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Ice coverage is lower than historical average due to unusual winter weather

Ice on Mullet Lake
Teresa Homsi
A thin sheet of ice covers parts of Mullet Lake on Jan. 13.

If the month ended today, it would be the second warmest January in Northern Michigan in the last century. That’s why ice coverage on the Great Lakes is currently far lower than the historical average.

The Great Lakes are beginning the new year with ice coverage of just under 6 percent - about four times lower than the average for this time of year.

Michael Boguth is a meteorologist with the National Weather Service in Gaylord. He said the lower ice coverage may result in more winter lake-effect precipitation and lower lake levels.

“We had a really cold spell for like three days centered on Christmas, and that was it," Boguth said. "Since then, we've been above normal almost every day. Those temperatures just aren't conducive to produce a good ice pack on the Great Lakes.”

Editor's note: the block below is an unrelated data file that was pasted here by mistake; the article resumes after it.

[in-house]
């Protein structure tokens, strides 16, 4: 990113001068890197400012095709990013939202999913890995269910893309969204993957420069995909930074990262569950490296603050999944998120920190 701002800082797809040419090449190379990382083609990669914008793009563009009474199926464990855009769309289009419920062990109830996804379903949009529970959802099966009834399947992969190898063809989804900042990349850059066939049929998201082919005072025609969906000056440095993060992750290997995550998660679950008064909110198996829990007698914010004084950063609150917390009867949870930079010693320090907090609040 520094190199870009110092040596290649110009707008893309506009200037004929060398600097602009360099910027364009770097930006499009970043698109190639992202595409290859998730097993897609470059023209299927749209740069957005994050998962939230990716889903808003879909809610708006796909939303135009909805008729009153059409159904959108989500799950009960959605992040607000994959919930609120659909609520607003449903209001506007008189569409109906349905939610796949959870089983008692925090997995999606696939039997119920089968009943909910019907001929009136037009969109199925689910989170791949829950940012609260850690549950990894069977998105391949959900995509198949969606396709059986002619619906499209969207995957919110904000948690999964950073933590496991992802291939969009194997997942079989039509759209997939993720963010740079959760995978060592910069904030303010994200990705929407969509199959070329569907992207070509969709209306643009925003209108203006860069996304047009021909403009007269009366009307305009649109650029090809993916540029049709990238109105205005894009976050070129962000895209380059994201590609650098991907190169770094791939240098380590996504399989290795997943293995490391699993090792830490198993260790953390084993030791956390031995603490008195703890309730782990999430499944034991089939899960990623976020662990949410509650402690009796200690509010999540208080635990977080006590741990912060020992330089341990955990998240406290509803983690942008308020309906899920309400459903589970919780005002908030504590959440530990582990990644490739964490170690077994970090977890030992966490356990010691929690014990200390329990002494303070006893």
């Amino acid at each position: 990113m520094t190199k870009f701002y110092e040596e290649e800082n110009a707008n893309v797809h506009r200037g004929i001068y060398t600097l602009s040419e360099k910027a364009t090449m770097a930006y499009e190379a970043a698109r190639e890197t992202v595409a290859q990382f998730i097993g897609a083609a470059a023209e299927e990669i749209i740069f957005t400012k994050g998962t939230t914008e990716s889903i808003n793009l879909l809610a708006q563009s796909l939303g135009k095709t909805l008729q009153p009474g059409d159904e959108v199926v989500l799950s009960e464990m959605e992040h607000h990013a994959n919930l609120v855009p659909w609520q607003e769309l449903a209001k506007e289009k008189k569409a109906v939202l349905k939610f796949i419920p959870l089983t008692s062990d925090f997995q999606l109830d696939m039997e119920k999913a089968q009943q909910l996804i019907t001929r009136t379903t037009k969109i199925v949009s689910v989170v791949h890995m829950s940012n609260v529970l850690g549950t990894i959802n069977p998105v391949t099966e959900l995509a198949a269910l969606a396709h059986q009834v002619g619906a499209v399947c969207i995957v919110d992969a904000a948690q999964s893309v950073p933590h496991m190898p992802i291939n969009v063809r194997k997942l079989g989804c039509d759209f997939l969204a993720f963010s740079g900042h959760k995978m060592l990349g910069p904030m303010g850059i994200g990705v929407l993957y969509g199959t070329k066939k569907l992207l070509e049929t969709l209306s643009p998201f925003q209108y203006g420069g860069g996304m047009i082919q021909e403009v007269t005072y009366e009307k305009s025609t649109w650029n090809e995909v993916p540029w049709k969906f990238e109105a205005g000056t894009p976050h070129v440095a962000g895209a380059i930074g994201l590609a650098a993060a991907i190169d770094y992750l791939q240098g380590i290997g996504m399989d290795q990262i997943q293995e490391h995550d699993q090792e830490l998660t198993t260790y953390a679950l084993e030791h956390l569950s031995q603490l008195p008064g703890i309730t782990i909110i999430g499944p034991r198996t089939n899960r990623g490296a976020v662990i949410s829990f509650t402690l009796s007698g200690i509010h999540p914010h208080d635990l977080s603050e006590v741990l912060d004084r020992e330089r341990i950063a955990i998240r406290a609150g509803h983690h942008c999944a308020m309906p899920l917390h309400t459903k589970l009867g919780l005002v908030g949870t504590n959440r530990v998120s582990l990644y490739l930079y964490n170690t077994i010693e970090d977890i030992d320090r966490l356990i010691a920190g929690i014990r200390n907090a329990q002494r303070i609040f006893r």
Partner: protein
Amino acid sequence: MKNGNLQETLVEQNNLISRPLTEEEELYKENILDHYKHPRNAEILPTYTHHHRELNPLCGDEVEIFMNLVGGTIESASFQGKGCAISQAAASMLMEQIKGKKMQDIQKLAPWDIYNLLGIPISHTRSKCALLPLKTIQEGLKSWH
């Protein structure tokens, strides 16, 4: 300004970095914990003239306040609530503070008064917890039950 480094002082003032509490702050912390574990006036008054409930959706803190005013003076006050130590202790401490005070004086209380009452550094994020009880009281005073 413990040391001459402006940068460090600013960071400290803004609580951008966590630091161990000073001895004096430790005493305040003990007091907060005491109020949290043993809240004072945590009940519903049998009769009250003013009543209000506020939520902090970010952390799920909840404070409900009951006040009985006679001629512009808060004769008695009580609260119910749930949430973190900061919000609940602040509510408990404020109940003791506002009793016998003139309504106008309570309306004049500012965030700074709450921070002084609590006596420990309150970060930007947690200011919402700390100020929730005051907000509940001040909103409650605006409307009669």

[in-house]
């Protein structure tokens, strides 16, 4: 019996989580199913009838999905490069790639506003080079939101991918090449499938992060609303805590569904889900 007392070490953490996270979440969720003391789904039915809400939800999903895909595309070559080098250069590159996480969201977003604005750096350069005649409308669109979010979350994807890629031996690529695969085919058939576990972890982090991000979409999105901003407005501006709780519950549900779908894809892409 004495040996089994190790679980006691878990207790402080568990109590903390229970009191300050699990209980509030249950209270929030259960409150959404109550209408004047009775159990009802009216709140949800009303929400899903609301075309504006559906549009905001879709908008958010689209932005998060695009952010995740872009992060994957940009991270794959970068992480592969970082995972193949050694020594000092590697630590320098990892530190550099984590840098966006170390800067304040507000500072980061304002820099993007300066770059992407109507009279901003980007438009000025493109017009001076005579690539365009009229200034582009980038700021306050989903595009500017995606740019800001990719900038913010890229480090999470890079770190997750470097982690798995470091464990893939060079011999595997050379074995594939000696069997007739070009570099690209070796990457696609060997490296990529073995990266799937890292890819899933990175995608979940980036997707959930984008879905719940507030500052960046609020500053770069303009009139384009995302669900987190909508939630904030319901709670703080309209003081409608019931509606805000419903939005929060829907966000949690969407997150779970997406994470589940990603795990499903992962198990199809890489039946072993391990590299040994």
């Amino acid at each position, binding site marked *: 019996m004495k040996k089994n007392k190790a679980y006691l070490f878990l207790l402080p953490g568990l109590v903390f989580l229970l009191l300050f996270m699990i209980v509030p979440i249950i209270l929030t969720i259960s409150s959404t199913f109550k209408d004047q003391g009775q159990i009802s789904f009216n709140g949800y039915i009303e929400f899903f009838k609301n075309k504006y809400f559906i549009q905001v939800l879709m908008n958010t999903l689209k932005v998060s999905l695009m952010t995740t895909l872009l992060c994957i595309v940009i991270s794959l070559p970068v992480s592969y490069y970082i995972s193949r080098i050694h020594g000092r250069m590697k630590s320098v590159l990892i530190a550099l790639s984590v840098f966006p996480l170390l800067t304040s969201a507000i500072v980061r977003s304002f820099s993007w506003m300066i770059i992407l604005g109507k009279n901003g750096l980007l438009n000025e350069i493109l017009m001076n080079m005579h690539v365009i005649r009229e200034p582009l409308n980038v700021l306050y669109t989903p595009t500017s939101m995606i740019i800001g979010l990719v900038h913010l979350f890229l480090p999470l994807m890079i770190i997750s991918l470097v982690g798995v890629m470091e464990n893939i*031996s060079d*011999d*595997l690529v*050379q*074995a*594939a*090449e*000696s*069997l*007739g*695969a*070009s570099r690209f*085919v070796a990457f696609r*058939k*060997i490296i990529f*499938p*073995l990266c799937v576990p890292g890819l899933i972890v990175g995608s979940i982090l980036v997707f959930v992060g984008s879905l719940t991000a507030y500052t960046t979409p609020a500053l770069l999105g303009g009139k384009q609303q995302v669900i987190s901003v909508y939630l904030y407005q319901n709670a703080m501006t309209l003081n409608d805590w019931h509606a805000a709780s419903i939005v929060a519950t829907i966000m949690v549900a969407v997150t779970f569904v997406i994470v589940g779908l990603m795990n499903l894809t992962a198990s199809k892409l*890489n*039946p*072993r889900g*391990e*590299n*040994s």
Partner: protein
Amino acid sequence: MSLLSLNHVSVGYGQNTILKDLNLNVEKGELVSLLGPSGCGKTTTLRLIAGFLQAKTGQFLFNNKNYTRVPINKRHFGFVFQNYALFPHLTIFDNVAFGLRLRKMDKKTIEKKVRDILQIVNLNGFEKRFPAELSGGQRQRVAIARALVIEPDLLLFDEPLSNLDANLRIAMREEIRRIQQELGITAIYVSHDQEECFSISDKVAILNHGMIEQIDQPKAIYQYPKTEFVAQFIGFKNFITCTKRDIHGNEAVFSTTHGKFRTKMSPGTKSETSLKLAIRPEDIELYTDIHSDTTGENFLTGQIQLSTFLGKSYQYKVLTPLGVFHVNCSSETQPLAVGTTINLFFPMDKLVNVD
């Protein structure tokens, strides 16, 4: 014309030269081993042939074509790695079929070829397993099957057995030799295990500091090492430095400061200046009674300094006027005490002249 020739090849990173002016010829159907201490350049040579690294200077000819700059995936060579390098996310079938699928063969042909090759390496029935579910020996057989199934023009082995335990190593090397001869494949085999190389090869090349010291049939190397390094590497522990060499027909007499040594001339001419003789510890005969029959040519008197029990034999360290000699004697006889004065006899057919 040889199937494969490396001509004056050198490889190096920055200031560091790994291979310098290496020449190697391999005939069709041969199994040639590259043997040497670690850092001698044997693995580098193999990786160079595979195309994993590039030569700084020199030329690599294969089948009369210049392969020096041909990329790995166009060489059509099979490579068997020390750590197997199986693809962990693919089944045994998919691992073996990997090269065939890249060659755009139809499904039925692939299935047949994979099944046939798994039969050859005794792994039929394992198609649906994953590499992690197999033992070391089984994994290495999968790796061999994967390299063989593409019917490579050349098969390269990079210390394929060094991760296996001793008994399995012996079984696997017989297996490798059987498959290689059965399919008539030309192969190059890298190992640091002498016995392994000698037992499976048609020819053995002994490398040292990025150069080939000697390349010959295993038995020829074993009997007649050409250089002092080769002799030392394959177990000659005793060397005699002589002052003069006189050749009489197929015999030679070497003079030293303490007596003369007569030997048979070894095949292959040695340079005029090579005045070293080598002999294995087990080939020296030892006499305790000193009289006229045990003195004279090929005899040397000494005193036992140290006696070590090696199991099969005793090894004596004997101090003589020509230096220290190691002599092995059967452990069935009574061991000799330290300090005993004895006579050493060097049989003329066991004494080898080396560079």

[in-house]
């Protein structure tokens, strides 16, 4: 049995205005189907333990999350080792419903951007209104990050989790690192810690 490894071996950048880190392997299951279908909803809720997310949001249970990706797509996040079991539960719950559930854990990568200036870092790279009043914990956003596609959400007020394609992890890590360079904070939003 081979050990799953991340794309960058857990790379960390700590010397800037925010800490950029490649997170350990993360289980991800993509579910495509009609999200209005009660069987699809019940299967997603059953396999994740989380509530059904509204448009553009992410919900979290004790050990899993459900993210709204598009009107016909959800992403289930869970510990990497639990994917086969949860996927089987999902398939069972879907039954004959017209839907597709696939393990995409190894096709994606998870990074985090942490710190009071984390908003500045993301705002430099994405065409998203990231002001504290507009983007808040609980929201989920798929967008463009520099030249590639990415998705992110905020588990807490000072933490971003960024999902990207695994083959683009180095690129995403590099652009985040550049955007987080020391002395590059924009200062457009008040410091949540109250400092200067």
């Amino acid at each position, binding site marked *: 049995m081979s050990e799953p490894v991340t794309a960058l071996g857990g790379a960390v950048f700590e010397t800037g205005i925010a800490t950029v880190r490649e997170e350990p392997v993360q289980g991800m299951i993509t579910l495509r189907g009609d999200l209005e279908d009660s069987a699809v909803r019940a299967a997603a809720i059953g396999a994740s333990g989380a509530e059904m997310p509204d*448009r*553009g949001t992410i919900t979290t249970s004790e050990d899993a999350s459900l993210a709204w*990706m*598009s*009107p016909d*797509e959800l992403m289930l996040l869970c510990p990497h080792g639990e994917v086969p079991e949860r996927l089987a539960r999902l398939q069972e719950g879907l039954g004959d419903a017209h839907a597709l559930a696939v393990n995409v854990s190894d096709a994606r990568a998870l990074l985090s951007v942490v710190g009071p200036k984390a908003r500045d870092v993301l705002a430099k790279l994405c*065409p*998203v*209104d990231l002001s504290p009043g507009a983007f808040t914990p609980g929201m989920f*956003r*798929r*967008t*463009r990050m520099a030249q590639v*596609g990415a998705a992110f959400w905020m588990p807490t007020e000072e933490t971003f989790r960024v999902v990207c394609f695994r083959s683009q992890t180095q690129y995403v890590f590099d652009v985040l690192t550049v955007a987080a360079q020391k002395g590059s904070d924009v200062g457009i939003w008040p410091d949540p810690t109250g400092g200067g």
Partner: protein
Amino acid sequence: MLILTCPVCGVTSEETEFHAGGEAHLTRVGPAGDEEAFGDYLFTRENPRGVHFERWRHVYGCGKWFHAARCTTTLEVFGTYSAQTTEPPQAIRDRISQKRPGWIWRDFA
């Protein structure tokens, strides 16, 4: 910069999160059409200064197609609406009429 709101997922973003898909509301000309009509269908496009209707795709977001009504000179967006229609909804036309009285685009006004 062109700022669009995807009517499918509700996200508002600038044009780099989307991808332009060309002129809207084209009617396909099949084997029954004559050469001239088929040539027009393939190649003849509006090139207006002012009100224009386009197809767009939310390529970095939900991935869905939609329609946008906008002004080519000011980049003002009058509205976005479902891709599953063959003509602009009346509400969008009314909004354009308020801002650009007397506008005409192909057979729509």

The DNR and local law enforcement warn people to avoid traveling out on thin, unsafe ice.

To see historical and daily data of ice cover on the Great Lakes, visit NOAA's Great Lakes Environmental Research Laboratory.

Teresa Homsi is an environmental reporter and Report for America Corp Member based in northern Michigan for WCMU. She is covering rural environmental issues, public health and Michigan commerce. Homsi has a bachelor’s from Central Michigan University in environmental studies, journalism and anthropology. During her undergraduate, she was a beat reporter for CMU’s student newspaper Central Michigan Life and interned for the Huron Daily Tribune. She has also interned for the Michigan Department of Environment, Great Lakes and Energy in the superfund section. *Report for America is a national service program that places journalists into local newsrooms, more info at